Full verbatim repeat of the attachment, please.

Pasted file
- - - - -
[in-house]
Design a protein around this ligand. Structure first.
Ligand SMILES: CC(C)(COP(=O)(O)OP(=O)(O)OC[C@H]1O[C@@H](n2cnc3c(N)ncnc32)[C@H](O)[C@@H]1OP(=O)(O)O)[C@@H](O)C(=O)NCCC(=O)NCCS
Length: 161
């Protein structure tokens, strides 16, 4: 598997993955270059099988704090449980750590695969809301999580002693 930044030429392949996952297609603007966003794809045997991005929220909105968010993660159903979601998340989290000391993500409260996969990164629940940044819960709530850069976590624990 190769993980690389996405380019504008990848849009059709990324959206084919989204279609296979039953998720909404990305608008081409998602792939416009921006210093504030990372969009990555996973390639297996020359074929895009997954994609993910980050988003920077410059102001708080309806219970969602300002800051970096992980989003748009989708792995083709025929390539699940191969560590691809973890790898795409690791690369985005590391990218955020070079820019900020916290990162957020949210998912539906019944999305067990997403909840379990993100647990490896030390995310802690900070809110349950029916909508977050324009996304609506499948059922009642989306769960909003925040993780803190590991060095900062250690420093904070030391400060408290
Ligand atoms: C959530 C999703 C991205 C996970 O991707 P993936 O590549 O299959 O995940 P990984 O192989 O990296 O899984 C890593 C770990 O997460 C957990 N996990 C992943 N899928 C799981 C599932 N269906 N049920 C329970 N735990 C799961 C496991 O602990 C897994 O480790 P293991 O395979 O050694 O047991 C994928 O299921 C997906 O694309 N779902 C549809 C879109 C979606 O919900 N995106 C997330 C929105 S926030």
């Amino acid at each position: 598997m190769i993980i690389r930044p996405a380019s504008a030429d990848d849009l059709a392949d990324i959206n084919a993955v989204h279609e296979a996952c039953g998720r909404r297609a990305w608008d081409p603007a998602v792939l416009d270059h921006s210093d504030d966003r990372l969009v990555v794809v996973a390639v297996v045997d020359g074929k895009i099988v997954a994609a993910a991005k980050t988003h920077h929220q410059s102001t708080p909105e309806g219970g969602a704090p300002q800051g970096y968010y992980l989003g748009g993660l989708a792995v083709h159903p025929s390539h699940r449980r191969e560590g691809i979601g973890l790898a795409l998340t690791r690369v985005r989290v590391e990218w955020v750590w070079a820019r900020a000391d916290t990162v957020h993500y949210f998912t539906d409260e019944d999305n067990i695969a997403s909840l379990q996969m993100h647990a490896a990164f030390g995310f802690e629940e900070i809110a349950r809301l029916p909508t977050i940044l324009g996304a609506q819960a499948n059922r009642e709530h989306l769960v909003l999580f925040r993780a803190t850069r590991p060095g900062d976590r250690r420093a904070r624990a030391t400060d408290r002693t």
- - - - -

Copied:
[in-house]
Design a protein around this ligand. Structure first.
Ligand SMILES: CC(C)(COP(=O)(O)OP(=O)(O)OC[C@H]1O[C@@H](n2cnc3c(N)ncnc32)[C@H](O)[C@@H]1OP(=O)(O)O)[C@@H](O)C(=O)NCCC(=O)NCCS
Length: 161
């Protein structure tokens, strides 16, 4: 598997993955270059099988704090449980750590695969809301999580002693 930044030429392949996952297609603007966003794809045997991005929220909105968010993660159903979601998340989290000391993500409260996969990164629940940044819960709530850069976590624990 190769993980690389996405380019504008990848849009059709990324959206084919989204279609296979039953998720909404990305608008081409998602792939416009921006210093504030990372969009990555996973390639297996020359074929895009997954994609993910980050988003920077410059102001708080309806219970969602300002800051970096992980989003748009989708792995083709025929390539699940191969560590691809973890790898795409690791690369985005590391990218955020070079820019900020916290990162957020949210998912539906019944999305067990997403909840379990993100647990490896030390995310802690900070809110349950029916909508977050324009996304609506499948059922009642989306769960909003925040993780803190590991060095900062250690420093904070030391400060408290
Ligand atoms: C959530 C999703 C991205 C996970 O991707 P993936 O590549 O299959 O995940 P990984 O192989 O990296 O899984 C890593 C770990 O997460 C957990 N996990 C992943 N899928 C799981 C599932 N269906 N049920 C329970 N735990 C799961 C496991 O602990 C897994 O480790 P293991 O395979 O050694 O047991 C994928 O299921 C997906 O694309 N779902 C549809 C879109 C979606 O919900 N995106 C997330 C929105 S926030």
């Amino acid at each position: 598997m190769i993980i690389r930044p996405a380019s504008a030429d990848d849009l059709a392949d990324i959206n084919a993955v989204h279609e296979a996952c039953g998720r909404r297609a990305w608008d081409p603007a998602v792939l416009d270059h921006s210093d504030d966003r990372l969009v990555v794809v996973a390639v297996v045997d020359g074929k895009i099988v997954a994609a993910a991005k980050t988003h920077h929220q410059s102001t708080p909105e309806g219970g969602a704090p300002q800051g970096y968010y992980l989003g748009g993660l989708a792995v083709h159903p025929s390539h699940r449980r191969e560590g691809i979601g973890l790898a795409l998340t690791r690369v985005r989290v590391e990218w955020v750590w070079a820019r900020a000391d916290t990162v957020h993500y949210f998912t539906d409260e019944d999305n067990i695969a997403s909840l379990q996969m993100h647990a490896a990164f030390g995310f802690e629940e900070i809110a349950r809301l029916p909508t977050i940044l324009g996304a609506q819960a499948n059922r009642e709530h989306l769960v909003l999580f925040r993780a803190t850069r590991p060095g900062d976590r250690r420093a904070r624990a030391t400060d408290r002693t």